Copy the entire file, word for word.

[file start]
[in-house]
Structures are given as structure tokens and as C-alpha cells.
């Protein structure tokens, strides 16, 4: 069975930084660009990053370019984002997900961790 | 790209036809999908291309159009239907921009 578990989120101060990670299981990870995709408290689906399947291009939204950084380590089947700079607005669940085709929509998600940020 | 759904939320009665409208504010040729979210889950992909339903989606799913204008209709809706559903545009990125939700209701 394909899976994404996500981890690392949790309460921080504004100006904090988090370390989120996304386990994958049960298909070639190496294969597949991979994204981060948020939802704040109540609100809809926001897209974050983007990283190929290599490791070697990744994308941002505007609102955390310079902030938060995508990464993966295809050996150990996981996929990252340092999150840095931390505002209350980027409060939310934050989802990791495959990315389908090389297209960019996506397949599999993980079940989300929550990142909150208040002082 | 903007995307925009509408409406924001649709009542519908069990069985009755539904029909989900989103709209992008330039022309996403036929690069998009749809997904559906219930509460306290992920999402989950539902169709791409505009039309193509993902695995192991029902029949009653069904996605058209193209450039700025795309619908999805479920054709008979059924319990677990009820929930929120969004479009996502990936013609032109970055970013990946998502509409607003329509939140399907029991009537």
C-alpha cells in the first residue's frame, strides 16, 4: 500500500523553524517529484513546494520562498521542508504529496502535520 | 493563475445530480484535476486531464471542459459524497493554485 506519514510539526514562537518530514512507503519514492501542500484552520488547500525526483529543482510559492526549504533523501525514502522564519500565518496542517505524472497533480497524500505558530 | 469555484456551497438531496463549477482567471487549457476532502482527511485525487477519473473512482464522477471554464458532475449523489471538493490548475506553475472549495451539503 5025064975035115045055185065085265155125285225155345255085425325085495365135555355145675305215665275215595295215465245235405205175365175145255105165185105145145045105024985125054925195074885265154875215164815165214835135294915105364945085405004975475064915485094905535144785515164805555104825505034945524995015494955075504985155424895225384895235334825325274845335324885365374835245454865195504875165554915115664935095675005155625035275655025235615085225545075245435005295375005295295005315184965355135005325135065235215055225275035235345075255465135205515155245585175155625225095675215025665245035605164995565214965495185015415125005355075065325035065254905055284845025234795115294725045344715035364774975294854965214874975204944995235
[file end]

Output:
[in-house]
Structures are given as structure tokens and as C-alpha cells.
């Protein structure tokens, strides 16, 4: 069975930084660009990053370019984002997900961790 | 790209036809999908291309159009239907921009 578990989120101060990670299981990870995709408290689906399947291009939204950084380590089947700079607005669940085709929509998600940020 | 759904939320009665409208504010040729979210889950992909339903989606799913204008209709809706559903545009990125939700209701 394909899976994404996500981890690392949790309460921080504004100006904090988090370390989120996304386990994958049960298909070639190496294969597949991979994204981060948020939802704040109540609100809809926001897209974050983007990283190929290599490791070697990744994308941002505007609102955390310079902030938060995508990464993966295809050996150990996981996929990252340092999150840095931390505002209350980027409060939310934050989802990791495959990315389908090389297209960019996506397949599999993980079940989300929550990142909150208040002082 | 903007995307925009509408409406924001649709009542519908069990069985009755539904029909989900989103709209992008330039022309996403036929690069998009749809997904559906219930509460306290992920999402989950539902169709791409505009039309193509993902695995192991029902029949009653069904996605058209193209450039700025795309619908999805479920054709008979059924319990677990009820929930929120969004479009996502990936013609032109970055970013990946998502509409607003329509939140399907029991009537």
C-alpha cells in the first residue's frame, strides 16, 4: 500500500523553524517529484513546494520562498521542508504529496502535520 | 493563475445530480484535476486531464471542459459524497493554485 506519514510539526514562537518530514512507503519514492501542500484552520488547500525526483529543482510559492526549504533523501525514502522564519500565518496542517505524472497533480497524500505558530 | 469555484456551497438531496463549477482567471487549457476532502482527511485525487477519473473512482464522477471554464458532475449523489471538493490548475506553475472549495451539503 5025064975035115045055185065085265155125285225155345255085425325085495365135555355145675305215665275215595295215465245235405205175365175145255105165185105145145045105024985125054925195074885265154875215164815165214835135294915105364945085405004975475064915485094905535144785515164805555104825505034945524995015494955075504985155424895225384895235334825325274845335324885365374835245454865195504875165554915115664935095675005155625035275655025235615085225545075245435005295375005295295005315184965355135005325135065235215055225275035235345075255465135205515155245585175155625225095675215025665245035605164995565214965495185015415125005355075065325035065254905055284845025234795115294725045344715035364774975294854965214874975204944995235